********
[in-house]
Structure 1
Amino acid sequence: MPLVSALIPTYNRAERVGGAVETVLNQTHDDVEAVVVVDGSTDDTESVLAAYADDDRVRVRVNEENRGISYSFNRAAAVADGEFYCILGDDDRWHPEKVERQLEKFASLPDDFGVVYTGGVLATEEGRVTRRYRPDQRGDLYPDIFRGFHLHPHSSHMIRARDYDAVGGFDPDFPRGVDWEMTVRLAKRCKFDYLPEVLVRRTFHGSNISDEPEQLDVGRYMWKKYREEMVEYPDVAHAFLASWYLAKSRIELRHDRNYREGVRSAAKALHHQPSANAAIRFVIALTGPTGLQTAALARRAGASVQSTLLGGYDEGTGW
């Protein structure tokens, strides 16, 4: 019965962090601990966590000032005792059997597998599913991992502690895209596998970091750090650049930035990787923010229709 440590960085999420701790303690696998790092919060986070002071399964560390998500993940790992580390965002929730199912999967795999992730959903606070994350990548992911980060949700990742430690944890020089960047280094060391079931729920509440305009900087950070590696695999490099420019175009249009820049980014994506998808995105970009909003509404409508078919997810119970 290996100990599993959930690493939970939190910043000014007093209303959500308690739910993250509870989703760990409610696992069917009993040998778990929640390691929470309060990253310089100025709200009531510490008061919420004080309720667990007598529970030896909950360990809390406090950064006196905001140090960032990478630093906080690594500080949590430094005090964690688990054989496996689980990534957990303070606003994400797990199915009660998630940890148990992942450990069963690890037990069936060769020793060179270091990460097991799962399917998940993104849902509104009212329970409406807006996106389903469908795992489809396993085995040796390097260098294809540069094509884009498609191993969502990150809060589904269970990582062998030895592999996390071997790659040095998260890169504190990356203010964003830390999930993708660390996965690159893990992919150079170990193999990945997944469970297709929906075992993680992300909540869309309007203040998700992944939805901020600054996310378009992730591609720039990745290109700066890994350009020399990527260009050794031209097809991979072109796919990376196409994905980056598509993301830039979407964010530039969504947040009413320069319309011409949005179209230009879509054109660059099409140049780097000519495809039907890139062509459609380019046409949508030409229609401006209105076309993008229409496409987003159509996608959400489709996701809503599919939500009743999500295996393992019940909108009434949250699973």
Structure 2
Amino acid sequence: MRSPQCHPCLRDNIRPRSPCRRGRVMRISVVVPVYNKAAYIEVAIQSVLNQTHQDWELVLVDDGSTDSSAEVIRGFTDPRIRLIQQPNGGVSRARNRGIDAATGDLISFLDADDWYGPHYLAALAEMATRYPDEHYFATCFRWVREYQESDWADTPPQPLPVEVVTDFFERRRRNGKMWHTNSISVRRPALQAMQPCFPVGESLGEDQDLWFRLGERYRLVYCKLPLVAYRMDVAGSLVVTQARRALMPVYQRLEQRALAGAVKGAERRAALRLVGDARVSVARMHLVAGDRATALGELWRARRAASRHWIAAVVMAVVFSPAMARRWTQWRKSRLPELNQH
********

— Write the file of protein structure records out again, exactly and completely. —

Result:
[in-house]
Structure 1
Amino acid sequence: MPLVSALIPTYNRAERVGGAVETVLNQTHDDVEAVVVVDGSTDDTESVLAAYADDDRVRVRVNEENRGISYSFNRAAAVADGEFYCILGDDDRWHPEKVERQLEKFASLPDDFGVVYTGGVLATEEGRVTRRYRPDQRGDLYPDIFRGFHLHPHSSHMIRARDYDAVGGFDPDFPRGVDWEMTVRLAKRCKFDYLPEVLVRRTFHGSNISDEPEQLDVGRYMWKKYREEMVEYPDVAHAFLASWYLAKSRIELRHDRNYREGVRSAAKALHHQPSANAAIRFVIALTGPTGLQTAALARRAGASVQSTLLGGYDEGTGW
């Protein structure tokens, strides 16, 4: 019965962090601990966590000032005792059997597998599913991992502690895209596998970091750090650049930035990787923010229709 440590960085999420701790303690696998790092919060986070002071399964560390998500993940790992580390965002929730199912999967795999992730959903606070994350990548992911980060949700990742430690944890020089960047280094060391079931729920509440305009900087950070590696695999490099420019175009249009820049980014994506998808995105970009909003509404409508078919997810119970 290996100990599993959930690493939970939190910043000014007093209303959500308690739910993250509870989703760990409610696992069917009993040998778990929640390691929470309060990253310089100025709200009531510490008061919420004080309720667990007598529970030896909950360990809390406090950064006196905001140090960032990478630093906080690594500080949590430094005090964690688990054989496996689980990534957990303070606003994400797990199915009660998630940890148990992942450990069963690890037990069936060769020793060179270091990460097991799962399917998940993104849902509104009212329970409406807006996106389903469908795992489809396993085995040796390097260098294809540069094509884009498609191993969502990150809060589904269970990582062998030895592999996390071997790659040095998260890169504190990356203010964003830390999930993708660390996965690159893990992919150079170990193999990945997944469970297709929906075992993680992300909540869309309007203040998700992944939805901020600054996310378009992730591609720039990745290109700066890994350009020399990527260009050794031209097809991979072109796919990376196409994905980056598509993301830039979407964010530039969504947040009413320069319309011409949005179209230009879509054109660059099409140049780097000519495809039907890139062509459609380019046409949508030409229609401006209105076309993008229409496409987003159509996608959400489709996701809503599919939500009743999500295996393992019940909108009434949250699973």
Structure 2
Amino acid sequence: MRSPQCHPCLRDNIRPRSPCRRGRVMRISVVVPVYNKAAYIEVAIQSVLNQTHQDWELVLVDDGSTDSSAEVIRGFTDPRIRLIQQPNGGVSRARNRGIDAATGDLISFLDADDWYGPHYLAALAEMATRYPDEHYFATCFRWVREYQESDWADTPPQPLPVEVVTDFFERRRRNGKMWHTNSISVRRPALQAMQPCFPVGESLGEDQDLWFRLGERYRLVYCKLPLVAYRMDVAGSLVVTQARRALMPVYQRLEQRALAGAVKGAERRAALRLVGDARVSVARMHLVAGDRATALGELWRARRAASRHWIAAVVMAVVFSPAMARRWTQWRKSRLPELNQH